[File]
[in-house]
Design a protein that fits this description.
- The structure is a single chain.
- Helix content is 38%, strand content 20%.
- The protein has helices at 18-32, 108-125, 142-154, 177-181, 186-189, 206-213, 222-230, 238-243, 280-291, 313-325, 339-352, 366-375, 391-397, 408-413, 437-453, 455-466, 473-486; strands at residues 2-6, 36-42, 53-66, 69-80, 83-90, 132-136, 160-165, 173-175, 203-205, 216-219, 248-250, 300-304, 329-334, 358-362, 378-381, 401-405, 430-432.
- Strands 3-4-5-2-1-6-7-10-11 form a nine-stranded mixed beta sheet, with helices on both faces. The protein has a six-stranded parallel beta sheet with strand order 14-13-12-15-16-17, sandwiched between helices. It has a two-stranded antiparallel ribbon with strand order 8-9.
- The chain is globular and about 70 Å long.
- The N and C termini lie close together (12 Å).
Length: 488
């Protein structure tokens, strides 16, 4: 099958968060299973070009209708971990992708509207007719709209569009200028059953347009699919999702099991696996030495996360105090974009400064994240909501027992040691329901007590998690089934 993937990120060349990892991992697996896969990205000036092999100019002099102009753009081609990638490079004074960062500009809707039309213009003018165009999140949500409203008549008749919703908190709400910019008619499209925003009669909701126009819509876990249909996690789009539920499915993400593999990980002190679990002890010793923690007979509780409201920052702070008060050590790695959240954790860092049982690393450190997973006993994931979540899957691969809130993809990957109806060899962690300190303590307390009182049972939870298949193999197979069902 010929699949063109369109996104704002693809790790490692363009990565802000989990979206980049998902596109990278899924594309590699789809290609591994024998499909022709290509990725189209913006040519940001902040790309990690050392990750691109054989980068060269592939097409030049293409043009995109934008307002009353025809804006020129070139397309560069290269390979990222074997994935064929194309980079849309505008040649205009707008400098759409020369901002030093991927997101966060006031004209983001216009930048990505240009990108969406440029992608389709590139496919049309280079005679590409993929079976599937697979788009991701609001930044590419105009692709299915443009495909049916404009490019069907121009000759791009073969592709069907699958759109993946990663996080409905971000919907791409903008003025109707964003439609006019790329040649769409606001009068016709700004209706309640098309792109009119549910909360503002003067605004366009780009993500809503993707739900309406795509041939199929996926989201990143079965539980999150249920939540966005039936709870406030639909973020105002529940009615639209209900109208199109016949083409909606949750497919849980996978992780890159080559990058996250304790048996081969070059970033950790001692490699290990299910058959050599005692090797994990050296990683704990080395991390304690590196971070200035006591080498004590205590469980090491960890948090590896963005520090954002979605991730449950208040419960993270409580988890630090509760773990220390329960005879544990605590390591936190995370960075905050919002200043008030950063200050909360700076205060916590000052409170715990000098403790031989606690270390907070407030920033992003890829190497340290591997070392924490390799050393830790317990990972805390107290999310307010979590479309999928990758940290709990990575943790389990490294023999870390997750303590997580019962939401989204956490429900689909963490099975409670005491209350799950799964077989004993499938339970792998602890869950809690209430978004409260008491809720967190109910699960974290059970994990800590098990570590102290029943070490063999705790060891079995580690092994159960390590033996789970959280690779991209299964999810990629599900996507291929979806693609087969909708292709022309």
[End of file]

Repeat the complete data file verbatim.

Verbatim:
[in-house]
Design a protein that fits this description.
- The structure is a single chain.
- Helix content is 38%, strand content 20%.
- The protein has helices at 18-32, 108-125, 142-154, 177-181, 186-189, 206-213, 222-230, 238-243, 280-291, 313-325, 339-352, 366-375, 391-397, 408-413, 437-453, 455-466, 473-486; strands at residues 2-6, 36-42, 53-66, 69-80, 83-90, 132-136, 160-165, 173-175, 203-205, 216-219, 248-250, 300-304, 329-334, 358-362, 378-381, 401-405, 430-432.
- Strands 3-4-5-2-1-6-7-10-11 form a nine-stranded mixed beta sheet, with helices on both faces. The protein has a six-stranded parallel beta sheet with strand order 14-13-12-15-16-17, sandwiched between helices. It has a two-stranded antiparallel ribbon with strand order 8-9.
- The chain is globular and about 70 Å long.
- The N and C termini lie close together (12 Å).
Length: 488
């Protein structure tokens, strides 16, 4: 099958968060299973070009209708971990992708509207007719709209569009200028059953347009699919999702099991696996030495996360105090974009400064994240909501027992040691329901007590998690089934 993937990120060349990892991992697996896969990205000036092999100019002099102009753009081609990638490079004074960062500009809707039309213009003018165009999140949500409203008549008749919703908190709400910019008619499209925003009669909701126009819509876990249909996690789009539920499915993400593999990980002190679990002890010793923690007979509780409201920052702070008060050590790695959240954790860092049982690393450190997973006993994931979540899957691969809130993809990957109806060899962690300190303590307390009182049972939870298949193999197979069902 010929699949063109369109996104704002693809790790490692363009990565802000989990979206980049998902596109990278899924594309590699789809290609591994024998499909022709290509990725189209913006040519940001902040790309990690050392990750691109054989980068060269592939097409030049293409043009995109934008307002009353025809804006020129070139397309560069290269390979990222074997994935064929194309980079849309505008040649205009707008400098759409020369901002030093991927997101966060006031004209983001216009930048990505240009990108969406440029992608389709590139496919049309280079005679590409993929079976599937697979788009991701609001930044590419105009692709299915443009495909049916404009490019069907121009000759791009073969592709069907699958759109993946990663996080409905971000919907791409903008003025109707964003439609006019790329040649769409606001009068016709700004209706309640098309792109009119549910909360503002003067605004366009780009993500809503993707739900309406795509041939199929996926989201990143079965539980999150249920939540966005039936709870406030639909973020105002529940009615639209209900109208199109016949083409909606949750497919849980996978992780890159080559990058996250304790048996081969070059970033950790001692490699290990299910058959050599005692090797994990050296990683704990080395991390304690590196971070200035006591080498004590205590469980090491960890948090590896963005520090954002979605991730449950208040419960993270409580988890630090509760773990220390329960005879544990605590390591936190995370960075905050919002200043008030950063200050909360700076205060916590000052409170715990000098403790031989606690270390907070407030920033992003890829190497340290591997070392924490390799050393830790317990990972805390107290999310307010979590479309999928990758940290709990990575943790389990490294023999870390997750303590997580019962939401989204956490429900689909963490099975409670005491209350799950799964077989004993499938339970792998602890869950809690209430978004409260008491809720967190109910699960974290059970994990800590098990570590102290029943070490063999705790060891079995580690092994159960390590033996789970959280690779991209299964999810990629599900996507291929979806693609087969909708292709022309």